Thursday, 24 December 2015

Pays Your Money...

Craig and Mark headed for Glencoe after a late plan to get out on Wednesday.  The weather was really pants but a day out is a day out.

Glencoe looked whiter than expected but warm fronts and heavy rain guaranteed no ice nor frozen turf...a mixed route was needed.  The North Buttress of the Bookle looked as best as they might get so they headed there for a look see.

The walk up the 'path' after Great Gully was a climb in itself and half way up they donned crampons and the axes were out.  Craig takes the story...

'Sketchy slippy rock was a challenge at times but we got to the stance in reasonable time after the crampons were introduced.  I took the first pitch which had no assistance from snow or turf.  It was a hooky affair with some difficult moves but plenty of good gear; it was a longer pitch than I recalled but maybe that was just imagination...or fear??   The graupel showers filtering down the face were the worst I've ever seen but it all added to the atmosphere.

Mark dispatched the second pitch in similar style with purely hooks and the occasional wobbly rock.  We continued on and Mark finished the final chimney which was a bit thin to say the least.  A quick set up and we were off down the first abseil followed by a second to the lower platform below the first stance.  From there we traversed to the bottom of Curved Ridge and made good time back to the car.

All in a good day's climbing but winter, although looking nice, isn't quite in yet in the Coe; a good freeze thaw cycle is needed before the next 'storm' strips everything back.'

Monday, 14 December 2015

On Your Marks...

SCNL 12 DEc 15 from C Coid on Vimeo.

After a few false starts, Sunday dawned with a blanket of recent snow and the plan was The Seam but a late check revealed, 'West is Best', so Craig and Mark headed for the Coe.  Scabbard Chimney had apparently been climbed on Saturday and had potential.

Early start and two VERY near misses with deer on the road in Glencoe saw a still 'nervous' pair heading in to the Hurt Lochan.  An early pair ahead of us and a pair of youthful whippets passing us on the way saw 2 pairs with eyes on Scabbard Chimney; tbh, it looked very thin, with soft snow and no ice.  Probably a tad too committing for the guys in that condition.

Summit buttress was very black and central buttress looked better.  Raeburn's Route looked fairly white and the pair headed off from the luncheon stone.  Craig takes up the story;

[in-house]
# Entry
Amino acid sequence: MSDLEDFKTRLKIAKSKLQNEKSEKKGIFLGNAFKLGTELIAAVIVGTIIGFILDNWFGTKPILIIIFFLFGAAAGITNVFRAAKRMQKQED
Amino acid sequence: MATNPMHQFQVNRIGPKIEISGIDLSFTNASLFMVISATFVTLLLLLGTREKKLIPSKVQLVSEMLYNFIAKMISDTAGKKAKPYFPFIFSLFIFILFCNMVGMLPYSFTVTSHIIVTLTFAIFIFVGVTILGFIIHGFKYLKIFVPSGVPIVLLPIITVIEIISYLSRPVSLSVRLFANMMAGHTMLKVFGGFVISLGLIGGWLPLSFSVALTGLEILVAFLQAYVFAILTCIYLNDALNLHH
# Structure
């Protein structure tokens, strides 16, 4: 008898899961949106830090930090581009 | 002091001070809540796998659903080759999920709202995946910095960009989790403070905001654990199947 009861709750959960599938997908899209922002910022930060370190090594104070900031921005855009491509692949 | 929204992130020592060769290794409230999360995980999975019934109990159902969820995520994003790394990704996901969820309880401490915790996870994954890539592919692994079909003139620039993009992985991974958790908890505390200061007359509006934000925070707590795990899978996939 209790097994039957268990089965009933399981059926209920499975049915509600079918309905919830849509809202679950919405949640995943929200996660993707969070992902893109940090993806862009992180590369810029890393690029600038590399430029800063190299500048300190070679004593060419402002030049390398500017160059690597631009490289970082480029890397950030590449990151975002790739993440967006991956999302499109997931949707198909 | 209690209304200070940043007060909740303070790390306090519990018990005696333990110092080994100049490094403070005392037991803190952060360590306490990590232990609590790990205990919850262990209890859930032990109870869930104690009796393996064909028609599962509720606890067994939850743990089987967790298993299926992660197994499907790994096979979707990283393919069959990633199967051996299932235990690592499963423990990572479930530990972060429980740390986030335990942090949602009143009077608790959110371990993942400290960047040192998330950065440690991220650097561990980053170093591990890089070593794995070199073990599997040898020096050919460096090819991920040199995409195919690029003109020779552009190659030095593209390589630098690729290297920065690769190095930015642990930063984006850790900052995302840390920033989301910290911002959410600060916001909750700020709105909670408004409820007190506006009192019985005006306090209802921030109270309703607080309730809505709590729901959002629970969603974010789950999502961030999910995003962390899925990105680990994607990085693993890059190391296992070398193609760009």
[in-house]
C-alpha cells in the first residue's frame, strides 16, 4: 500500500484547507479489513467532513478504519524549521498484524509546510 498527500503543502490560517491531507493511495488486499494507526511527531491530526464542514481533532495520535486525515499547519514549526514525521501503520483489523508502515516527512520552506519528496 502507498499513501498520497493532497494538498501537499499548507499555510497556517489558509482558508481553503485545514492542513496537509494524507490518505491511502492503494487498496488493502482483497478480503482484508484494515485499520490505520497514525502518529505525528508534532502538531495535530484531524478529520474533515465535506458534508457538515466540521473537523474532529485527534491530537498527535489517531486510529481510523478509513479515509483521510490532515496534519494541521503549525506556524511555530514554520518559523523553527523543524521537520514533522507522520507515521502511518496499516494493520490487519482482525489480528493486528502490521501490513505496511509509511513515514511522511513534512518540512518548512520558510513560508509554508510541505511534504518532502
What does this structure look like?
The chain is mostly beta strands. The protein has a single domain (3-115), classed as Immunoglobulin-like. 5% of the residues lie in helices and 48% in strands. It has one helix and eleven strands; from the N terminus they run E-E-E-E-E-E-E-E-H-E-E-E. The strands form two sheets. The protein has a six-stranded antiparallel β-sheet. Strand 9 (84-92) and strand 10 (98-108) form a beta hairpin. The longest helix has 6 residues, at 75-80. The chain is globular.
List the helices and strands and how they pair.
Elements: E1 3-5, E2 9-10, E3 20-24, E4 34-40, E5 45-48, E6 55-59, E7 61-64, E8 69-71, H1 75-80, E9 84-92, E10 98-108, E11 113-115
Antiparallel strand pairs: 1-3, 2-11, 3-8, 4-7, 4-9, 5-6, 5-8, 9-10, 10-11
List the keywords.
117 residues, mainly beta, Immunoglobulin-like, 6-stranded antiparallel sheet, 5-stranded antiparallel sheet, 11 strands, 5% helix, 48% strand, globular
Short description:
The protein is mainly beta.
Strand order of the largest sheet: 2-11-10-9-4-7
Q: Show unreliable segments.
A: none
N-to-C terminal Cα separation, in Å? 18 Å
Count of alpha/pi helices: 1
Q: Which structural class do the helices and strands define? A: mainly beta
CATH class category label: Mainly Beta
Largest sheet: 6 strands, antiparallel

SCnL cliffs - Central Buttress
'Very soft snow on the approach was pretty brutal to walk on with many hidden rocks.  Onto the first belay and Mark was off up the chimney in good style.  No ice meant hooks on increasingly steep ground, with a tricky exit onto the crest.  I took pitch two, a delicate short section on very soft snow with more hooks.  Mark led up the third on tenuous slabs with balancey moves and I led off the final pitch.  We abseiled down the route for fun, practice and discussed rescue techniques and scenarios.

All in, a most enjoyable day but, to be honest, we don't think winter is quite here yet. The snow has just been laid and is pretty homogenous; there is a crispy top layer after the freeze (-5'c on the way up) but a decent freeze thaw cycle is needed to provide some useful snow, ice and neve.'

Summit Buttress
Aonach Eagach ridge

Sunday, 6 December 2015

It was the Best of Times...It was the worst of Times!

What the Dickens is happening to our winter?  Turbo thaw then torrential torrents.

Craig And Mark were looking for something, anything, to do but the weather gods were not happy and ensured the wild winter weather was...well, a washout!  Sadly, after some promise last weekend things might be getting wintery, the hope faded fast and virtually all useful snow disappeared.

With options on Saturday being biking in the rain, walking in the rain or 'climbing' in the rain, they chose to have a look at the North Buttress of the Buachaill.

Early signs were bad...there isn't usually a causeway at the white bridge after Bridge of Orchy by the NE end of Loch Tulla...

The drive past the Buachaill showed a river flushing down Great Gully and the River Coe a good three feet higher, so access to the North Buttress was going to be a little problematic.   However, they got the the central Coe carparks and considered options of; get out regardless; coffee shop; gear shops; or, home.

As the picture shows, the weather was truly mince but a day out is a day out and they went for a double hardshell strategy and headed for the Zig Zags to burn some calories....hats off to the Jottnar Bergelmir jacket and Vanir salopettes; worked a treat and kept the boys dry in the worst the weather can give!

The rain was relentless and the flow of water around them was limitless; the route had a steady stream running continuously.  Notwithstanding, a grand day out was had but the rain has stripped a great deal of snow away; a real dump of snow with some cold fronts and freeze thaw cycles are needed to give any climbing this year, unfortunately.

The team sought direct descent off the top of Gear Aonach and got a real feel for the amount of water flowing down the Corrie; a slip into the normally tame burn would be fatal!

There have also been some significant land slips in the corrie, one giving about 3-4 feet of debris over the path.  However, we can only hope for a turn in the weather and be thankful we are not suffering the floods the Lakes seems to be getting.   

Naesayers of climate change?  Eejits!